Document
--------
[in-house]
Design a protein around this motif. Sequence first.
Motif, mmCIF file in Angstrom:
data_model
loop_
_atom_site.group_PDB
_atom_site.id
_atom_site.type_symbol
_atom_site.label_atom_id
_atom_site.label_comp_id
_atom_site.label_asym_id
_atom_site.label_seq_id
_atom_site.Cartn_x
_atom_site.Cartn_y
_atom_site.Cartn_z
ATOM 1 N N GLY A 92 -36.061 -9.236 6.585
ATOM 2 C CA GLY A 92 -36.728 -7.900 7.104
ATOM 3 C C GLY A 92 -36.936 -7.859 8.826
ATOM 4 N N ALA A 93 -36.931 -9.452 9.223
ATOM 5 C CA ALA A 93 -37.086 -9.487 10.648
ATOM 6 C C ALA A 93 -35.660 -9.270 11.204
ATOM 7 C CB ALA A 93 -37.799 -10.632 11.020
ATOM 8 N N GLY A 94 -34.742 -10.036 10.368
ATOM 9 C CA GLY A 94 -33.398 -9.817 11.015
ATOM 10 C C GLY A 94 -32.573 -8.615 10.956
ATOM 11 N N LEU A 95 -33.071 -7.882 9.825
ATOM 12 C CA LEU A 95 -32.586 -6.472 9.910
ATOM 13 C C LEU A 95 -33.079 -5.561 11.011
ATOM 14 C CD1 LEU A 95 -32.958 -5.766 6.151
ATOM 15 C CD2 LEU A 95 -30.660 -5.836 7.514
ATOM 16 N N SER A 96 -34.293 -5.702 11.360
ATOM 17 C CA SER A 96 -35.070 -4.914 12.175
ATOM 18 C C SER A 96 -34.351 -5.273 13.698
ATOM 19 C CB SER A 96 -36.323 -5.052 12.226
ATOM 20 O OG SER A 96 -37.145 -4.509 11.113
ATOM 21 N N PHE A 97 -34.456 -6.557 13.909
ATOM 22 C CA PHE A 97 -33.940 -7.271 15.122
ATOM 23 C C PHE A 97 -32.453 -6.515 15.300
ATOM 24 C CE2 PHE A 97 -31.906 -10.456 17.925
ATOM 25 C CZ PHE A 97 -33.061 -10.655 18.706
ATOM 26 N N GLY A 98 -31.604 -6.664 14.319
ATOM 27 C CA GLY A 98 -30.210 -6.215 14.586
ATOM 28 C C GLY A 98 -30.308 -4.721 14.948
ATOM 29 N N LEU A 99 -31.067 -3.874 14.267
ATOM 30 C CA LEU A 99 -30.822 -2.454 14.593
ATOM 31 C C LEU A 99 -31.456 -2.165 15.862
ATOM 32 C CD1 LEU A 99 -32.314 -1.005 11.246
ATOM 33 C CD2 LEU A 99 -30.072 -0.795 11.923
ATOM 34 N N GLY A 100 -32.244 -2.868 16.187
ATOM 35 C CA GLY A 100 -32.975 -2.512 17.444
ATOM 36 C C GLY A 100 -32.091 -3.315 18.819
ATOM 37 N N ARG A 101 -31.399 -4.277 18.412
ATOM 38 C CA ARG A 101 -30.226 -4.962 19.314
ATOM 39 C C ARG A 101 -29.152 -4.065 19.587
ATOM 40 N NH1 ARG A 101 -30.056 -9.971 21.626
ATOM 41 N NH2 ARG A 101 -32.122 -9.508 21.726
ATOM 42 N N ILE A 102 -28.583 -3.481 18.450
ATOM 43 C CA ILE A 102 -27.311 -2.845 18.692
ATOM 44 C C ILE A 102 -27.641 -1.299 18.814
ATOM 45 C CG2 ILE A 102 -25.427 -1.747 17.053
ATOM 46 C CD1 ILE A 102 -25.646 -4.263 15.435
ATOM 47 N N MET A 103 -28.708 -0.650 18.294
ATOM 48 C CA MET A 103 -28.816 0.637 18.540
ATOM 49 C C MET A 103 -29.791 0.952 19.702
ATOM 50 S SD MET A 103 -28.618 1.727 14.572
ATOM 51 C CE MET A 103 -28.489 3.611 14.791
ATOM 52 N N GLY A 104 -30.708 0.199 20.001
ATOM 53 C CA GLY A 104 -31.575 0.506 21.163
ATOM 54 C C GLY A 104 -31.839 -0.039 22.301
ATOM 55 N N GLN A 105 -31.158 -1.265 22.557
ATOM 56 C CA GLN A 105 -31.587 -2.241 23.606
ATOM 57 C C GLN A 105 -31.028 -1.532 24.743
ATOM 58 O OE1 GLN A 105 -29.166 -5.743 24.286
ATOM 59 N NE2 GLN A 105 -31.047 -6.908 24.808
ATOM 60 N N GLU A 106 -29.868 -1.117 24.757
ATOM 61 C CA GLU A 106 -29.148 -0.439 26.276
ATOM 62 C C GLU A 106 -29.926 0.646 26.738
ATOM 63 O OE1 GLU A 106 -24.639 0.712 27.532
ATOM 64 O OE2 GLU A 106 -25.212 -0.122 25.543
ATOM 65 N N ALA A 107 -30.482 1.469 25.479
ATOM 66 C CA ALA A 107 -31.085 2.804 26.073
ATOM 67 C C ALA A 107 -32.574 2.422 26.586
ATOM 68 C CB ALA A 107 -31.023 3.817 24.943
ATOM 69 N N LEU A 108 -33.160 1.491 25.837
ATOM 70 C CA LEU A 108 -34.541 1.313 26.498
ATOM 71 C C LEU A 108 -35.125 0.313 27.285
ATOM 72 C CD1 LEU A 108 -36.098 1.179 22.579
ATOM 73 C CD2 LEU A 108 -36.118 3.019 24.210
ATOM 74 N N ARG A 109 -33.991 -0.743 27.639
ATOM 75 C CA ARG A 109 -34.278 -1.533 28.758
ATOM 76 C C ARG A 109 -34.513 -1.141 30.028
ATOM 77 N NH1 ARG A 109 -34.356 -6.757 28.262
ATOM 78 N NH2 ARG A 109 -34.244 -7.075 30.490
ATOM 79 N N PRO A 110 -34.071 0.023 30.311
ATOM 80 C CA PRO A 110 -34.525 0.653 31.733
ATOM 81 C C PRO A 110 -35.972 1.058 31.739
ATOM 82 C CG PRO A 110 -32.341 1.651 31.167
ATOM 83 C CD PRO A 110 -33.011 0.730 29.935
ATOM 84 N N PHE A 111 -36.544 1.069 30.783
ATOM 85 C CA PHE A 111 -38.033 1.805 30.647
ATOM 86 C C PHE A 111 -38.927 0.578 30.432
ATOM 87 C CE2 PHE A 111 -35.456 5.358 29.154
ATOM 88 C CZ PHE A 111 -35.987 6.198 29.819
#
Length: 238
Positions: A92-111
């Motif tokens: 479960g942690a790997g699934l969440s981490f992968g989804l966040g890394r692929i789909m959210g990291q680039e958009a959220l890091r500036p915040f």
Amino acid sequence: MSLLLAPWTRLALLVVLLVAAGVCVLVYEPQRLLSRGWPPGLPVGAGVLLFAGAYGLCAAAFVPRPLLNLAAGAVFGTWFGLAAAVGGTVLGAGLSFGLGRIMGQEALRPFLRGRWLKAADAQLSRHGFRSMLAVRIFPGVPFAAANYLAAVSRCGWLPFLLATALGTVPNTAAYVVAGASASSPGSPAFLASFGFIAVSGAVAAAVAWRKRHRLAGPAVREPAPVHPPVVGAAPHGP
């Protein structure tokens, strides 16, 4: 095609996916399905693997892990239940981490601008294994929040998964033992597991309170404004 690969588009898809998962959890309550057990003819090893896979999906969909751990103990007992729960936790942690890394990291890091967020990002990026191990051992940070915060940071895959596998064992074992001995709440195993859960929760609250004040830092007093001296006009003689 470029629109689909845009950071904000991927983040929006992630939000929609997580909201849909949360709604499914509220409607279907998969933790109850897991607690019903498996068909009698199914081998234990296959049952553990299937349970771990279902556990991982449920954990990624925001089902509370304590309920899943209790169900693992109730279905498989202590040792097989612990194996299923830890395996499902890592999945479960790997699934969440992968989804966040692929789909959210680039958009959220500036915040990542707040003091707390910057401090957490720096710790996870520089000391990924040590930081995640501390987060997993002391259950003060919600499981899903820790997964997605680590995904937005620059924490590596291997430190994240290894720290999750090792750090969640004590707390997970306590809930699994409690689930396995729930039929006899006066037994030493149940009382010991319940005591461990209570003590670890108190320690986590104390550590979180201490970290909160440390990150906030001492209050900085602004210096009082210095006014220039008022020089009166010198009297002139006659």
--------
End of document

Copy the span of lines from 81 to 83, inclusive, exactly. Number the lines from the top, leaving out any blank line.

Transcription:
ATOM 66 C CA ALA A 107 -31.085 2.804 26.073
ATOM 67 C C ALA A 107 -32.574 2.422 26.586
ATOM 68 C CB ALA A 107 -31.023 3.817 24.943